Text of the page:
The Tavern Of Despair

Don Marquis

The wraiths of murdered hopes and loves
  Come whispering at the door,
Come creeping through the weeping mist
  That drapes the barren moor;
But we within have turned the key
  ‘Gainst Hope and Love and Care,
Where Wit keeps tryst with Folly, at
  The Tavern of Despair.

And we have come by divers ways
  To keep this merry tryst,
But few of us have kept within
  The Narrow Way, I wist;
For we are those whose ampler wits
  And hearts have proved our curse—
Foredoomed to ken the better things
  And aye to do the worse!

Long since we learned to mock ourselves;
  And from self-mockery fell

To heedless laughter in the face
  Of Heaven, Earth, and Hell.
We quiver ’neath, and mock, God’s rod;
  We feel, and mock, His wrath;
We mock our own blood on the thorns
  That rim the “Primrose Path.”

We mock the eerie glimmering shapes
  That range the outer wold,
We mock our own cold hearts because
  They are so dead and cold;
We flout the things we might have been
  Had self to self proved true,
We mock the roses flung away,
  We mock the garnered rue;

The fates that gibe have lessoned us;
  There sups to-night on earth
No madder crew of wastrels than
  This fellowship of mirth. . . .
(Of mirth . . . drink, fools!—nor let it flag
  Lest from the outer mist
Creep in that other company
  Unbidden to the tryst.

We’re grown so fond of paradox
  Perverseness holds us thrall,
So what each jester loves the best
  He mocks the most of all;
But as the jest and laugh go round,
  Each in his neighbor’s eyes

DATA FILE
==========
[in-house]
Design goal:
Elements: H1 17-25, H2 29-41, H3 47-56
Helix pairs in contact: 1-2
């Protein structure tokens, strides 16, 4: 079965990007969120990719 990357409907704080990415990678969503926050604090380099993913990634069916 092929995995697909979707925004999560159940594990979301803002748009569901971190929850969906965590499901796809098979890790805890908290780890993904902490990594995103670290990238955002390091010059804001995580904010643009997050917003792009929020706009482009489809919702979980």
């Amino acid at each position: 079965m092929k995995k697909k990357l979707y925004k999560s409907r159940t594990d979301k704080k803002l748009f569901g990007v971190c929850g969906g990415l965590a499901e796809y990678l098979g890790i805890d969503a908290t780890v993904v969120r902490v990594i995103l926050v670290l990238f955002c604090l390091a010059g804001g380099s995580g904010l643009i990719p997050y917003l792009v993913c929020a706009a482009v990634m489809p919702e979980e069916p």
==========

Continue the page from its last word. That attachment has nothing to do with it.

Reads, while he flouts his heart’s desire,
  The knowledge that he lies.

Not one of us but had some pearls
  And flung them to the swine,
Not one of us but had some gift—
  Some spark of fire divine—
Each might have been God’s minister
  In the temple of some art—
Each feels his gift perverted move
  Wormlike through his dry heart.

If God called Azrael to Him now
  And bade Death bend the bow
Against the saddest heart that beats
  Here on this earth below,
Not any sobbing breast would gain
  The guerdon of that barb—

The saddest ones are those that wear
  The jester’s motley garb.

Whose shout aye loudest rings, and whose
  The maddest cranks and quips—
Who mints his soul to laughter’s coin
  And wastes it with his lips—
Has grown too sad for sighs and seeks
  To cheat himself with mirth;
We fools self-doomed to motley are
  The weariest wights on earth!

But yet, for us whose brains and hearts
  Strove aye in paths perverse,
Doomed still to know the better things
  And still to do the worse,—
What else is there remains for us
  But make a jest of care
And set the rafters ringing, in
  Our Tavern of Despair?

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